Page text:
Sinéad O'Connor: Rememberings

Sinéad O'Connor (photo by Donal Moloney, PR)

Image Caption: Sinéad O'Connor (photo by Donal Moloney, PR)
by Delphine Blue | 10/05/2022 | 2:45pm

The "FUV Book Club" continues this month — and we're encouraging you to read along with us! Musicians turned literary authors have been releasing exceptional memoirs this year. Sinéad O'Connor's new memoir, Rememberings: Scenes From My Complicated Life, is smartly observant, sardonic, and often painfully honest as she reflects on her struggles and songwriting. In the player above, listen to O'Connor read an excerpt from Rememberings, courtesy of HMH Books, and below, Delphine Blue's review.

Sinéad O'Connor
Rememberings: Scenes From My Complicated Life
HMH Books

Elevator Pitch
The voice narrating Rememberings is so familiar — Sinéad Marie Bernadette O'Connor pulls no punches. You will recognize it in the storytelling on these pages if you are a fan of her songs. The Irish singer, songwriter, activist, Grammy winner, and mother continues to disturb and compel, sometimes deliberately and sometimes not.

Meet the Author
Everything is in this book: her difficult childhood, the Grammy nominations, and that infamous Saturday Night Live papal photo incident in 1992. Reading this book feels like you're sitting with Sinéad in her living room or at the local pub as she regales you in plain speech. There are tales of her record label’s reaction to her pregnancy while she wrote, recorded and produced her debut album, The Lion and the Cobra, at the age of 21, and how she dealt with the audience’s shocking reaction when she stepped onstage to sing at Bob Dylan’s 30th anniversary concert at Madison Square Garden (not long after that SNL appearance). She also recalls her fans’ reactions when she posted a cry for help on Facebook in 2016 while dealing with a bipolar episode at a motel in New Jersey.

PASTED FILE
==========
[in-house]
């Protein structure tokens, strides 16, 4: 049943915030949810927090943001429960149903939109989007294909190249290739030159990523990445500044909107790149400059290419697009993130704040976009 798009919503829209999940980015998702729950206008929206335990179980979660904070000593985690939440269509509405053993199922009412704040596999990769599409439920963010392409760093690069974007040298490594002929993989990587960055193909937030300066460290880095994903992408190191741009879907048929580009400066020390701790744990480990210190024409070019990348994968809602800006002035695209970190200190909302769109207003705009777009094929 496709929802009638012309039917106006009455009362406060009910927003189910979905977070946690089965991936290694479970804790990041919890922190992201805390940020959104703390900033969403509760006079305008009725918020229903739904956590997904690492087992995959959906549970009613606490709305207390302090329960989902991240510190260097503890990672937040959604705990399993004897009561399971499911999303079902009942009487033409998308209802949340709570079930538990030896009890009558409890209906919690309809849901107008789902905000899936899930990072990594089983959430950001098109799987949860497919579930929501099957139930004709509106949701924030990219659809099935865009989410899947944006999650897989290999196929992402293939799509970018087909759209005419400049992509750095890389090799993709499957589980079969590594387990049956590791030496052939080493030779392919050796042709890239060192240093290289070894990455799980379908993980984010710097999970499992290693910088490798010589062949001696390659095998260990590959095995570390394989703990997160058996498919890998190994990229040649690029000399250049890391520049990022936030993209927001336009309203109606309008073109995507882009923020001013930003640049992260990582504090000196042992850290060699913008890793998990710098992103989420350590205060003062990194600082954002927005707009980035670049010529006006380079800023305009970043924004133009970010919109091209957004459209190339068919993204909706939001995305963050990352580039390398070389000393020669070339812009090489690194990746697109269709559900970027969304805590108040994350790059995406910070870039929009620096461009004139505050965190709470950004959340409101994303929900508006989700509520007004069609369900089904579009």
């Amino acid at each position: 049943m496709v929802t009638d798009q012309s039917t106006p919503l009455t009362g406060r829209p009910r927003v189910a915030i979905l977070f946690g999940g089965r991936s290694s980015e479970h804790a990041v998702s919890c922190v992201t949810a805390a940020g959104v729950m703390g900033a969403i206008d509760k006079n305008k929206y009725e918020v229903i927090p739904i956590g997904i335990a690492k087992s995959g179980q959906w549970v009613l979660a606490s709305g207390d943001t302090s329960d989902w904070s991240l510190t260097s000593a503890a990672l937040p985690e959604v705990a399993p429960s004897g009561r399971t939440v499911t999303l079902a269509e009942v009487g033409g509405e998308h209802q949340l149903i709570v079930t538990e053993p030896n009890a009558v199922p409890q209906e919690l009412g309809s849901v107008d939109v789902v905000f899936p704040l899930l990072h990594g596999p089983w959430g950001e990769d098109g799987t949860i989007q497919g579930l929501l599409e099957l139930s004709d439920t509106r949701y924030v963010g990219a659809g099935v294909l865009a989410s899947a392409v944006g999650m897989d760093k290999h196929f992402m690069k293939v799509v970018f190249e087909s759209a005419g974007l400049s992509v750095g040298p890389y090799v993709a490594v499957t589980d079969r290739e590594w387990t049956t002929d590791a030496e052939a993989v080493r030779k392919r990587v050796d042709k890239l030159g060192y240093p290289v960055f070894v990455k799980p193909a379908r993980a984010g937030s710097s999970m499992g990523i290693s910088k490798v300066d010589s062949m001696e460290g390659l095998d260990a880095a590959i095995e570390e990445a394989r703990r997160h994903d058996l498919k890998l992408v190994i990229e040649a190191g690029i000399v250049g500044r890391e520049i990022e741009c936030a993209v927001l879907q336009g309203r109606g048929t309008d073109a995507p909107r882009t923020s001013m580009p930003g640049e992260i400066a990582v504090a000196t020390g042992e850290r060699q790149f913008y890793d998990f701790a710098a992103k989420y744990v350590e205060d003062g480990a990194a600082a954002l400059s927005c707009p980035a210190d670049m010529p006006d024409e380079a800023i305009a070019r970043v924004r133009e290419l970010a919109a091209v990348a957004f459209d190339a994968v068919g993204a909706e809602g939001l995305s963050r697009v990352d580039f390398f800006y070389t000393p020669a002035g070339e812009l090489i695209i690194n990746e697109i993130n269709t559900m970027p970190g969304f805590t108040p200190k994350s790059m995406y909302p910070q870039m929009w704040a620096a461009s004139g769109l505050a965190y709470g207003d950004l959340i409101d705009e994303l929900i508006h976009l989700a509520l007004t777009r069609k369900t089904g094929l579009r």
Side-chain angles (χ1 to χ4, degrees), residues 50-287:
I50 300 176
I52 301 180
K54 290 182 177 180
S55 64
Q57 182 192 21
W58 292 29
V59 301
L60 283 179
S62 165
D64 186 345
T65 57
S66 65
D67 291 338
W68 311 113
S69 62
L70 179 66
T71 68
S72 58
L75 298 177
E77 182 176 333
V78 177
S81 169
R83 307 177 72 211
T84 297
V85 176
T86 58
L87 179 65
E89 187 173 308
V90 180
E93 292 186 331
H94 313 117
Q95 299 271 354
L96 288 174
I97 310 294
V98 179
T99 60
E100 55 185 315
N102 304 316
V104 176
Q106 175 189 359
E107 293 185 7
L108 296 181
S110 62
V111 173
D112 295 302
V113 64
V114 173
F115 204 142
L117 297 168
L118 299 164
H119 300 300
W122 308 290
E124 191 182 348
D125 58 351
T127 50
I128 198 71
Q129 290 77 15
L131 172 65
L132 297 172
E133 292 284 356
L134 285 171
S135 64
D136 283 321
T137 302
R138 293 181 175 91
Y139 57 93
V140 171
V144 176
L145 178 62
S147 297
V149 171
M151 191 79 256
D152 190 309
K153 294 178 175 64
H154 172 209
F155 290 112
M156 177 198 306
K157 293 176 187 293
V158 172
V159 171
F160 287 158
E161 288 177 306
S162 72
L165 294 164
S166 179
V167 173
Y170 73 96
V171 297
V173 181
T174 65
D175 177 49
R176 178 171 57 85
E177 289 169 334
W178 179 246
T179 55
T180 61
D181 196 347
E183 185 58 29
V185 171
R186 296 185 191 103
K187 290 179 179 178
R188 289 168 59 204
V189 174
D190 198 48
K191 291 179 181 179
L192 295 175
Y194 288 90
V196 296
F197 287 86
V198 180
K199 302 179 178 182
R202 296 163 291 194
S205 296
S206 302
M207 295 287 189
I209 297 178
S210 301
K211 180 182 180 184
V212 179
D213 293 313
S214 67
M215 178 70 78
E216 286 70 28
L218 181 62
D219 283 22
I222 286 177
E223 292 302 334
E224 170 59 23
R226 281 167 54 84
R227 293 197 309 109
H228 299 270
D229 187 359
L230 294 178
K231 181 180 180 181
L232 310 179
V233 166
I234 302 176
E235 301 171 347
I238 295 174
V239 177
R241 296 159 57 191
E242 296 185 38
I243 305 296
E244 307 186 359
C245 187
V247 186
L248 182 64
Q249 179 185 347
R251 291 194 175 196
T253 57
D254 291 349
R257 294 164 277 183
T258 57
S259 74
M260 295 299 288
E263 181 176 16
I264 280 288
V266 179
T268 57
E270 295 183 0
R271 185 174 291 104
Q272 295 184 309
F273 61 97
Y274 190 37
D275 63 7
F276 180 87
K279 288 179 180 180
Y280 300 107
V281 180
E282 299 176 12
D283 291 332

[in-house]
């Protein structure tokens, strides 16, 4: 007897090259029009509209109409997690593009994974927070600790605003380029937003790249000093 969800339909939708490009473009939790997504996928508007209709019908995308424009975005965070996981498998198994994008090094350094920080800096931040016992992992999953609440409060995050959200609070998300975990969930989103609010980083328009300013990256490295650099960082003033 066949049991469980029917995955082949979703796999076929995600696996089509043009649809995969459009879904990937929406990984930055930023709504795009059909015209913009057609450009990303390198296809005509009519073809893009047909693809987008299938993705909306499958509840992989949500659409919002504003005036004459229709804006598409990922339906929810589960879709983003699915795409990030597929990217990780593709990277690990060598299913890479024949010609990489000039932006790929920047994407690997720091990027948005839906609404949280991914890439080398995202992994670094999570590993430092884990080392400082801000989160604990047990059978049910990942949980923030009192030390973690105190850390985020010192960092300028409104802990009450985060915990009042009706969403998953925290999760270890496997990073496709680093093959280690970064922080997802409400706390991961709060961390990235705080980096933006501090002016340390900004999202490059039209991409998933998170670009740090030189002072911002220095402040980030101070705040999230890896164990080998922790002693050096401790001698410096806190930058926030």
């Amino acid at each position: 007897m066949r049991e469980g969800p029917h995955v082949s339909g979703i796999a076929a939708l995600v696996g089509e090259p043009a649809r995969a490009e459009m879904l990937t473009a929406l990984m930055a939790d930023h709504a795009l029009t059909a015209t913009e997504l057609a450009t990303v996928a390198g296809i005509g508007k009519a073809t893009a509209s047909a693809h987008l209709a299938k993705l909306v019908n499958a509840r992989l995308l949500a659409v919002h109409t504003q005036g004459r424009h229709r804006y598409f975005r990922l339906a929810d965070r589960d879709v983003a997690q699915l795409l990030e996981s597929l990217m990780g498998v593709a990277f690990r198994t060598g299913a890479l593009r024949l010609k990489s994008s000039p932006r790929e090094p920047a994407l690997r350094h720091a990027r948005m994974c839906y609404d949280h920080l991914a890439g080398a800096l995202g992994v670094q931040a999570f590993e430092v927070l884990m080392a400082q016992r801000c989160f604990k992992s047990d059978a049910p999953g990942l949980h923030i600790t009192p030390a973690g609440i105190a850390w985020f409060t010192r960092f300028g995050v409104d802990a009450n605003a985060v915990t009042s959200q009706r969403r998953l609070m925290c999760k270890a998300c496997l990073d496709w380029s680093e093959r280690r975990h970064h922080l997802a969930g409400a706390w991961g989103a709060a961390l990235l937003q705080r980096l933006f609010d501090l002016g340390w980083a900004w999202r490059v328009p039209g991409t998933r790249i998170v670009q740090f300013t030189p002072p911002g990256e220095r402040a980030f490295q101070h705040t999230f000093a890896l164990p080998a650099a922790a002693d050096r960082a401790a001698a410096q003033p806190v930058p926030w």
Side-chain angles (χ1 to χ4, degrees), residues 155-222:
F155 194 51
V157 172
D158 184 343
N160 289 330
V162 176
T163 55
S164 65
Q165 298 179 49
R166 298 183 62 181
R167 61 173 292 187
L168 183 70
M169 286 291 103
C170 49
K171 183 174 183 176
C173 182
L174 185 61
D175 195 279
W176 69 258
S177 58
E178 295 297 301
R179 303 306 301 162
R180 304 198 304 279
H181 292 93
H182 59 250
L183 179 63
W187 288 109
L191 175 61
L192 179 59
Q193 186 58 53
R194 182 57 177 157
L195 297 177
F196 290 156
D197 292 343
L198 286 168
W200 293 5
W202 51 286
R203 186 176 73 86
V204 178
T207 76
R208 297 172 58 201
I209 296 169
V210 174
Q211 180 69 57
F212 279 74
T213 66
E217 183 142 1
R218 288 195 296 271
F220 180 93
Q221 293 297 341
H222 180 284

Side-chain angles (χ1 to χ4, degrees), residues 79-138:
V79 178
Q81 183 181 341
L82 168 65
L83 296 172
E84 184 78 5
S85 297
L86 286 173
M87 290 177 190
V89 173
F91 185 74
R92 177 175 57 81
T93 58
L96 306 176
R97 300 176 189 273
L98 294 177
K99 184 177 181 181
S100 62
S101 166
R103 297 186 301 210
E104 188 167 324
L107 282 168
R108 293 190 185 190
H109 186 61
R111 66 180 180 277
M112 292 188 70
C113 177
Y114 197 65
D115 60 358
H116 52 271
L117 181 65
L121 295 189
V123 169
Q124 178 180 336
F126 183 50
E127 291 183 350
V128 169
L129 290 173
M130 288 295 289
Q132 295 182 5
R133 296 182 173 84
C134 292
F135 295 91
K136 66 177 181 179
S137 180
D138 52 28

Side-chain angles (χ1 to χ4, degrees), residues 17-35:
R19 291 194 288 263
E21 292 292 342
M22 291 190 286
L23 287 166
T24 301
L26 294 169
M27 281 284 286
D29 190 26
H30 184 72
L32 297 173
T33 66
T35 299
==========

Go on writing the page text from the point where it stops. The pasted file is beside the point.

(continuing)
The Hook
I remember holding O'Connor's debut album, The Lion and the Cobra, in my hands in 1987. I stared at the cover unendingly. Her delicate features beneath a bald crown disturbed me. Her soaring voice and allegorical lyrics compelled me. I mispronounced her name on the air the first time I played something from it!  In Rememberings, she shares her motives and perspective on the controversies that have attended her career.

She discusses the recording of "Troy," the meaning of "Three Babies," why she sings a cover of Andrew Lloyd Webber and Tim Rice's "Don’t Cry For Me Argentina," and who is the "John" in "John I Love You." I won’t spoil the parts about Prince, Robbie Shakespeare, Lou Reed, and Anthony Kiedis. She also mentions Marianne Faithful's cover of Shel Silverstein's "The Ballad of Lucy Jordan" as a song she remembers as a child that her mother loved— but Sinéad would be happy "to never hear again."

O'Connor continues to be uncompromising and unapologetic on her journey of understanding self and exploring spirituality. This book won’t change anyone’s mind: If you love her you will love her more. If you don’t, you’ll no doubt be of the same opinion. But winning popularity contests has never been Sinéad's game.

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